Machine Translation... and why we never use it

What is machine translation?

Machine translation is software that translates text from one language to another using data and programmed responses to rules of language. Companies such as Google have taken machine translation to the next level by combining powerful algorithms with large scale reservoirs of data of previously human-translated texts and enhancing their output by incorporating user-suggested improvements. While not strictly 100% machine generated, computer algorithms are the decision-makers in machine translation. It's no coincidence that the largest IT organizations dominate machine translation as the amount of data required to produce even minimally intelligible results is immense. The better free online translators currently include Google Translate and Microsoft's Bing Translator.

Does machine translation produce good results?

This short answer is no. While the results achieved by Google and other firms in the area of algorithmic language translation are impressive in that they have created a useful tool to assist in basic communication, you should use them with extreme caution and never expect a high-quality translation. This is especially true when translating pieces of text longer than a few words. Machine translation is helpful when you need to get "the gist" of something written in another language, for very rudimentary real-time communication, to look up words and phrases the way one uses a dictionary or a glossary of terms or as a tool for language learning. When compared to human translation, the results of machine translation remain poor and are typically rife with critical error types including mistranslation, errors of syntax and word structure and agreement to name a few. It's doubtful that the infinite nuance of human language can reliably be reproduced until true artificial intelligence has been achieved. To illustrate the point we have taken the following passage in the original French from Louis-Ferdinand Céline's seminal novel, Journey to the End of the Night:
On peut se perdre en allant à tâtons parmi les formes révolues. C’est effrayant ce qu’on en a des choses et des gens qui ne bougent plus dans son passé. Les vivants qu’on égare dans les cryptes du temps dorment si bien avec les morts qu’une même ombre les confond déjà. On ne sait plus qui réveiller en vieillissant, les vivants ou les morts.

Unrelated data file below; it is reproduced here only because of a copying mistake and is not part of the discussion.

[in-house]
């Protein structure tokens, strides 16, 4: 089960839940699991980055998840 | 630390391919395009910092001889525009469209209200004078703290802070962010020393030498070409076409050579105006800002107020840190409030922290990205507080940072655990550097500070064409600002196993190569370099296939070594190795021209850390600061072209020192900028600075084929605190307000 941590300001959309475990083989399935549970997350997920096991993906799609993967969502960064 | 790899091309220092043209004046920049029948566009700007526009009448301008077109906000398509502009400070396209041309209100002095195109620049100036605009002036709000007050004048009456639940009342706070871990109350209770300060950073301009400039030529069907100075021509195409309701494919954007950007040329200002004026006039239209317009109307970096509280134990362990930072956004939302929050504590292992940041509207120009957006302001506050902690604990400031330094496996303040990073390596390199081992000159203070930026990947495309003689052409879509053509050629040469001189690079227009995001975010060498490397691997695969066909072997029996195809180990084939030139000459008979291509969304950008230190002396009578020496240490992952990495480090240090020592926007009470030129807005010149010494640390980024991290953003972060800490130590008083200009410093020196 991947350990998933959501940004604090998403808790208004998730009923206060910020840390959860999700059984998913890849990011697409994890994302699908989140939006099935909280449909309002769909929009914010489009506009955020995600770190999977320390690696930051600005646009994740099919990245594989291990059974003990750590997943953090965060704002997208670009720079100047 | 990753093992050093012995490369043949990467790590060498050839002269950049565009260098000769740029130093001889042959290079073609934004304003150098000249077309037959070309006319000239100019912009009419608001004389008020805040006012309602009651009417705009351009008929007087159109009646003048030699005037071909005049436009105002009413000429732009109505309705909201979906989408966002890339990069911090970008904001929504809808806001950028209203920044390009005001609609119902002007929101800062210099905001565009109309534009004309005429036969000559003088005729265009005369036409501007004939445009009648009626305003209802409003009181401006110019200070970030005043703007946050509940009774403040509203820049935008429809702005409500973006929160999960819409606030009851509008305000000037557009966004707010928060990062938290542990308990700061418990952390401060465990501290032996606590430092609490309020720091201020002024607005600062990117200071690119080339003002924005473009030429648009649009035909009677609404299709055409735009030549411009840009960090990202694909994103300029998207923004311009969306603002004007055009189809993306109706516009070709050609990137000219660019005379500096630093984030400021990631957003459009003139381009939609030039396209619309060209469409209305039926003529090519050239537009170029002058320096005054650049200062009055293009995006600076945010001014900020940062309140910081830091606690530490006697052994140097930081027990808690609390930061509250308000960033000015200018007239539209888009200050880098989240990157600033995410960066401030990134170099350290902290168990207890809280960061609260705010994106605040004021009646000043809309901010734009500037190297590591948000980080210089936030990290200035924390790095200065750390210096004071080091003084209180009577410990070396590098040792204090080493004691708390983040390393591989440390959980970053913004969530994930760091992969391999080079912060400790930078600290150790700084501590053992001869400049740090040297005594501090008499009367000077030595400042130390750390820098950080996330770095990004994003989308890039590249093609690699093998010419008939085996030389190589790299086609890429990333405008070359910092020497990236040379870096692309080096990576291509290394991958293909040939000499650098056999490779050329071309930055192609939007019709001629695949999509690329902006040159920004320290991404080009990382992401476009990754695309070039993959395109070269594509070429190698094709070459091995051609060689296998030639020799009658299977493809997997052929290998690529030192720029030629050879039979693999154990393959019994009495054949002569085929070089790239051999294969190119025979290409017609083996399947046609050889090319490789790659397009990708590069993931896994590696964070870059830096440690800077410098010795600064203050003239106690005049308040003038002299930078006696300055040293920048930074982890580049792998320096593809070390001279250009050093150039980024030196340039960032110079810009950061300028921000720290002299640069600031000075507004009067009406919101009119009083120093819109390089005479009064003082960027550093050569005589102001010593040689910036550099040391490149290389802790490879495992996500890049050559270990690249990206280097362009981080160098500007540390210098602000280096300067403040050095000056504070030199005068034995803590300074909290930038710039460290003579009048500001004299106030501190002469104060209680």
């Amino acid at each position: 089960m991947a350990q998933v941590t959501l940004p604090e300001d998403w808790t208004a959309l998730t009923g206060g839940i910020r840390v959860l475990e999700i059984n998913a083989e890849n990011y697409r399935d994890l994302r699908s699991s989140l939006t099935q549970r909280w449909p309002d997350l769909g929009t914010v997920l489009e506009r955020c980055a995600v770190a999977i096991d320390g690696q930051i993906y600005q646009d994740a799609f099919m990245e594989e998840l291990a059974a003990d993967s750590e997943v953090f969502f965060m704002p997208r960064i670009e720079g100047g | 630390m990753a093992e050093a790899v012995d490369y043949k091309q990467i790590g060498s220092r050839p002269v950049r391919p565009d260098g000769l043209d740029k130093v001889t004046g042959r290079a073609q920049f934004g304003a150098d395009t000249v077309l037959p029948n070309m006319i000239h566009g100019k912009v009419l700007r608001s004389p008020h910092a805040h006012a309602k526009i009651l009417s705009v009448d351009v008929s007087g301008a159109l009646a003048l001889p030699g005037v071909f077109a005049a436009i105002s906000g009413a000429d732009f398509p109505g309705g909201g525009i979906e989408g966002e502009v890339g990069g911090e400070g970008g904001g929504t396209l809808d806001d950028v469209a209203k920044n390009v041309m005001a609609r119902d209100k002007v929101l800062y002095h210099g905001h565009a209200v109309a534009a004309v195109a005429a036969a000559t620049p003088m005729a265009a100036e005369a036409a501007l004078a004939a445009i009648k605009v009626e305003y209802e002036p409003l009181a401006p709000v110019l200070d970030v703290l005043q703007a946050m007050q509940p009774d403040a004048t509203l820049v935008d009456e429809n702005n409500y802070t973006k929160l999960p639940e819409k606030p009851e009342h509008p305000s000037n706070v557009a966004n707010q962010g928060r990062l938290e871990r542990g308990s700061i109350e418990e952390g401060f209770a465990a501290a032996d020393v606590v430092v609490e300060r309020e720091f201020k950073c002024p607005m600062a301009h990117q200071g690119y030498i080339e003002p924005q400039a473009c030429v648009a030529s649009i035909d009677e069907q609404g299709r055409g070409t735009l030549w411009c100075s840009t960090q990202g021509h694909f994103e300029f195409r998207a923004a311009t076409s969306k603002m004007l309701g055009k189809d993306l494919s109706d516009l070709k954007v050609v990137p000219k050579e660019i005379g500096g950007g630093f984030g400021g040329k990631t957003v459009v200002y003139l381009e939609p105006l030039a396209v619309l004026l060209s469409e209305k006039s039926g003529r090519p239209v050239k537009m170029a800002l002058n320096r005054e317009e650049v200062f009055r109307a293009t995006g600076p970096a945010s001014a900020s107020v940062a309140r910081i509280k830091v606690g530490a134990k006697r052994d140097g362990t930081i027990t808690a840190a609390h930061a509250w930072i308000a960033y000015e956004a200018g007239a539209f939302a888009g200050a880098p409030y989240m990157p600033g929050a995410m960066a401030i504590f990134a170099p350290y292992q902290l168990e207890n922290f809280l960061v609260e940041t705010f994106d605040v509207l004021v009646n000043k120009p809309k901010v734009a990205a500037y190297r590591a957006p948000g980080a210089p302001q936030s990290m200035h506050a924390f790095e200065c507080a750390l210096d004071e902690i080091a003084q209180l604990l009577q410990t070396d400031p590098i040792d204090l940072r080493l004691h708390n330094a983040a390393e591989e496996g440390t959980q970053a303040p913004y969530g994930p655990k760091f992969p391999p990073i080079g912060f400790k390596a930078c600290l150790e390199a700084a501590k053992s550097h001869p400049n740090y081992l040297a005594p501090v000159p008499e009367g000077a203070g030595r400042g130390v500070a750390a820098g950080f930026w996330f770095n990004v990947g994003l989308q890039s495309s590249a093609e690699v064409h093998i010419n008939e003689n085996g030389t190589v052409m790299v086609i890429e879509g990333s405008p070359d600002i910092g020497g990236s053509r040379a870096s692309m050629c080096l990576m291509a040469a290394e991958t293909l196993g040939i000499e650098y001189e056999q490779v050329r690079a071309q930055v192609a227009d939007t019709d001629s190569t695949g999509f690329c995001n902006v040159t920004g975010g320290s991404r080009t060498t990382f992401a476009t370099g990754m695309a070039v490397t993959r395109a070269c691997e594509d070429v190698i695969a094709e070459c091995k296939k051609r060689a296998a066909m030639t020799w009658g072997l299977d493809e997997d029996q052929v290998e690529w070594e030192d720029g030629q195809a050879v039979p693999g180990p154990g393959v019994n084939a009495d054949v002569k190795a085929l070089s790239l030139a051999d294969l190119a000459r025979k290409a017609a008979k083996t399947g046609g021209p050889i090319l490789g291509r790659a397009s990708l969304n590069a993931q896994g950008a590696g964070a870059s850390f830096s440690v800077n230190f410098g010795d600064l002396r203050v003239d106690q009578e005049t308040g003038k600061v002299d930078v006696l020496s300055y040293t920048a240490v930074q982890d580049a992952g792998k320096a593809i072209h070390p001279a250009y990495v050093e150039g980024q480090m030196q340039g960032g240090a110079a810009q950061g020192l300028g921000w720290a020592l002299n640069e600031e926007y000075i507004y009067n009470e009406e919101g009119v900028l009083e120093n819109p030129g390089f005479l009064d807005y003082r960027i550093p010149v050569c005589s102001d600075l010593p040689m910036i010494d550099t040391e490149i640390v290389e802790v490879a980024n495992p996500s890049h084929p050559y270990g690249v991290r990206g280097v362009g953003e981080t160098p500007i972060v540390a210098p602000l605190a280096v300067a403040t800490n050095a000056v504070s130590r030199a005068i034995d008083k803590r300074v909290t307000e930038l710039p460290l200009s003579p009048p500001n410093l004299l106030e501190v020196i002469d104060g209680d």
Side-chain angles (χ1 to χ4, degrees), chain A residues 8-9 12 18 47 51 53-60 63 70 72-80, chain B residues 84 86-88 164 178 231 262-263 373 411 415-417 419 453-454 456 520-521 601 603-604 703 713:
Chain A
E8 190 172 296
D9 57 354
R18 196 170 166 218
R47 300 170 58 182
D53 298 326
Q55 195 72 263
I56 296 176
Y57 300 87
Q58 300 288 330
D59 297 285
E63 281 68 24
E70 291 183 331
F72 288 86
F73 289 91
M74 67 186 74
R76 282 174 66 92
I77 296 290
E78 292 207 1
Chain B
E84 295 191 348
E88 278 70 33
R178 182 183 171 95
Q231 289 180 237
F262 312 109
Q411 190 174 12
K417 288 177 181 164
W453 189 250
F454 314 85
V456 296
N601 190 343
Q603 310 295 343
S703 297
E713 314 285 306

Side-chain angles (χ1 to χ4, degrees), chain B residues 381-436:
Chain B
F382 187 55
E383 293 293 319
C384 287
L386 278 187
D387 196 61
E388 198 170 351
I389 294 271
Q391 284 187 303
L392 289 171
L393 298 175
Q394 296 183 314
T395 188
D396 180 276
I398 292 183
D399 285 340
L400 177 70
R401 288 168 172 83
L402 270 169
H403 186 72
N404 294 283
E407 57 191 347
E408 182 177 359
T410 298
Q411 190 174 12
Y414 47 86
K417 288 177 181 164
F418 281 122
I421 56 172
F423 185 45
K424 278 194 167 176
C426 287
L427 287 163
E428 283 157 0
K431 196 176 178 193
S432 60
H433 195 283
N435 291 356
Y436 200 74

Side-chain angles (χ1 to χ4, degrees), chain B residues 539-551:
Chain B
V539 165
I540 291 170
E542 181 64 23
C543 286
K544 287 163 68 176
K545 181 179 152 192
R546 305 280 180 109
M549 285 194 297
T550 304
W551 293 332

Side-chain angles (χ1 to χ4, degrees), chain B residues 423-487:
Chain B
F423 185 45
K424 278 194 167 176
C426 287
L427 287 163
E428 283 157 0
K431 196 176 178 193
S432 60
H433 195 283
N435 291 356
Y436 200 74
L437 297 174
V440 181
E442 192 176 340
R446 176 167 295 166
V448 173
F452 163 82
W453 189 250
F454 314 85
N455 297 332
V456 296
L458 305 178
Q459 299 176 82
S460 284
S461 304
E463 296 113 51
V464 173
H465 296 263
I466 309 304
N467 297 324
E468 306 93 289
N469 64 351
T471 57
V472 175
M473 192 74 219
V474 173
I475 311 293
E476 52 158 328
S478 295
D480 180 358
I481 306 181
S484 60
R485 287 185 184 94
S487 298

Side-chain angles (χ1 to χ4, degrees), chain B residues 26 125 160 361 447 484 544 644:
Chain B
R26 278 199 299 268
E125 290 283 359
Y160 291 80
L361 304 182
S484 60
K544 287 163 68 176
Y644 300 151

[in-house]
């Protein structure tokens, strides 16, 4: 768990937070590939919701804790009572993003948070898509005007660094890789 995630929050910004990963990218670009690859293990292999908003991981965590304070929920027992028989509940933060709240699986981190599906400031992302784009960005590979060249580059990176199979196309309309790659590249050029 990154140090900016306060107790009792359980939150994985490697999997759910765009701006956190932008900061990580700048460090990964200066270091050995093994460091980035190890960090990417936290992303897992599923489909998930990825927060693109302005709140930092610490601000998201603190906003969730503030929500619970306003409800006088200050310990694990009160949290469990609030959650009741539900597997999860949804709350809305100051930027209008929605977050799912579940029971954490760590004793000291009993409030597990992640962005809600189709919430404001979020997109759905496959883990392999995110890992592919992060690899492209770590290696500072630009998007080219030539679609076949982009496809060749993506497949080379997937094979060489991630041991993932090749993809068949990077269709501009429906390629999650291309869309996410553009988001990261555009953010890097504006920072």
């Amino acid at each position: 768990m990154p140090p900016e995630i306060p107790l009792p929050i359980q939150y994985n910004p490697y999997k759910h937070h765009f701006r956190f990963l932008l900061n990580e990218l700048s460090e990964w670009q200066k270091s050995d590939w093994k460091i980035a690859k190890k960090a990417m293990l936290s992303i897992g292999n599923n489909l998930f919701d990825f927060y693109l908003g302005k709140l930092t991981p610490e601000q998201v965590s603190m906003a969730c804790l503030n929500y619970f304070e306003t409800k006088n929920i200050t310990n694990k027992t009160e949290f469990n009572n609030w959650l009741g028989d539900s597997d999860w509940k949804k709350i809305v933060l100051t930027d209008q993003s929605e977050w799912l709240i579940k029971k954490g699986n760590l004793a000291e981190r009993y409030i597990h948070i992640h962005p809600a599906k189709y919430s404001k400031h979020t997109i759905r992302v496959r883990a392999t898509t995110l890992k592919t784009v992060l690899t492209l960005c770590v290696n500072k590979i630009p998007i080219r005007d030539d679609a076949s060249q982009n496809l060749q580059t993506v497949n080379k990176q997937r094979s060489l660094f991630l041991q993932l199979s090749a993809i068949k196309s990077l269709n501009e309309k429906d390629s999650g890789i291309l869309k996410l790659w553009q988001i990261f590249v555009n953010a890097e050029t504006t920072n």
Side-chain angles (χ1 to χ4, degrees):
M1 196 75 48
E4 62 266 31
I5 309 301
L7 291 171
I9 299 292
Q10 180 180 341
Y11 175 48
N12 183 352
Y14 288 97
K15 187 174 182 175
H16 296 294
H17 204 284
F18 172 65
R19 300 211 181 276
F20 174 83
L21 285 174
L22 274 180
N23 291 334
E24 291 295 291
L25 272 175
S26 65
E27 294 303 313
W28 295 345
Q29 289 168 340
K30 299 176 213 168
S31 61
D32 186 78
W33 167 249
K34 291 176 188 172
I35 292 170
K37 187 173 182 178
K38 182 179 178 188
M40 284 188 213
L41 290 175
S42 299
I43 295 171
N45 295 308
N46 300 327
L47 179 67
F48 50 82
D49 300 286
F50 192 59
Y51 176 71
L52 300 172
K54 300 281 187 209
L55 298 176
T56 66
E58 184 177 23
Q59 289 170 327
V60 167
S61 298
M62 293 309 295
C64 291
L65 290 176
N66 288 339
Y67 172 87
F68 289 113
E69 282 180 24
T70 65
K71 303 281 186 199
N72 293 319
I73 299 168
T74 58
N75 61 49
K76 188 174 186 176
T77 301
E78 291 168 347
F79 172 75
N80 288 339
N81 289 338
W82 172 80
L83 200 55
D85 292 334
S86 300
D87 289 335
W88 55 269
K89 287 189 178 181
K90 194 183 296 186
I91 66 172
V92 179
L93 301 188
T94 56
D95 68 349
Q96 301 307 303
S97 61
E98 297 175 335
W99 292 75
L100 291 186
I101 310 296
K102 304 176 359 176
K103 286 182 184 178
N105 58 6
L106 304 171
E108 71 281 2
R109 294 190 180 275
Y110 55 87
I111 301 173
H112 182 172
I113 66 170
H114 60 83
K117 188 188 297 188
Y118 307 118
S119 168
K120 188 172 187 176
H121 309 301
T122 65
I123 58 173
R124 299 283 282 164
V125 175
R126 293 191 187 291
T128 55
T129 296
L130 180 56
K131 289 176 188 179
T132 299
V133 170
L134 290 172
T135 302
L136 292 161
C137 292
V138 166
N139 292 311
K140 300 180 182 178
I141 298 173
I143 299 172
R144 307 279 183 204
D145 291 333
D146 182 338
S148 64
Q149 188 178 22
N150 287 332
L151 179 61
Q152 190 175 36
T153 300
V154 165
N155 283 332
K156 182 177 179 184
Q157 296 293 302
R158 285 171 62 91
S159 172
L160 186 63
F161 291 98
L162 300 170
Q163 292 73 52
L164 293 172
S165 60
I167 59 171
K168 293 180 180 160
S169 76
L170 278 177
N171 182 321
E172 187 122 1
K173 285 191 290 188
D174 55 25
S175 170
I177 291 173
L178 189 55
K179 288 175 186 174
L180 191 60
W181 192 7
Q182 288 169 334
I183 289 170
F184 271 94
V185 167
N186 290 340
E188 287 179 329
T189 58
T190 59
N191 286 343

This is a translation performed by a human translator:
You can lose your way groping among the shadows of the past. It's frightening how many people and things there are in a man's past that have stopped moving. The living people we've lost in the crypts of time sleep so soundly side by side with the dead that the same darkness envelops them all. As we grow older, we no longer know whom to awaken, the living or the dead.
Here are the results from Google Translate:
One can lose oneself by groping among the old forms. It is scary what we have things and people who do not move in his past. The living ones who are lost in the crypts of time sleep so well with the dead that the same shadow already confuses them. We do not know who to wake up as we grow old, the living or the dead.
And from Microsoft's Bing Translator:
One can get lost by groping among the past forms. It's scary what we have of things and people who don't move in his past. The living that is lost in the crypts of time sleep so well with the dead that the same shadow already confuses them. We don't know who to wake up to when we get older, the living or the dead.
And from Collins Dictionary's Free Online Translator:
You can get lost going groped among the completed forms. It's scary that there are things and people who move more in her past. The living what we lost in the Crypts of the time sleeping so well with the dead that same shadow confuses them already. You don't remember who wake up as you get older, the living or the dead.
This exercise was performed on September 23rd, 2018. If you find yourself in doubt about the quality of a software translation program, simply cut and paste a piece of foreign language text into the program and evaluate the outcome in English. The results will be comparable for a given English text translated into another language. If you're interested in a humorous illustration of the limits of machine translation, you can take a look at Google Translate Sings on YouTube which pokes fun at Google by singing the awkward syntax and mistranslation that their algorithms invariably produce. Simply put, it is malpractice to use machine translation during the process of document translation if your goal is to produce a quality reproduction of the original text wherein the meaning, message, style and purpose are to be satisfactorily communicated. Machine translation is objectively ill-suited and incapable of producing credible translations.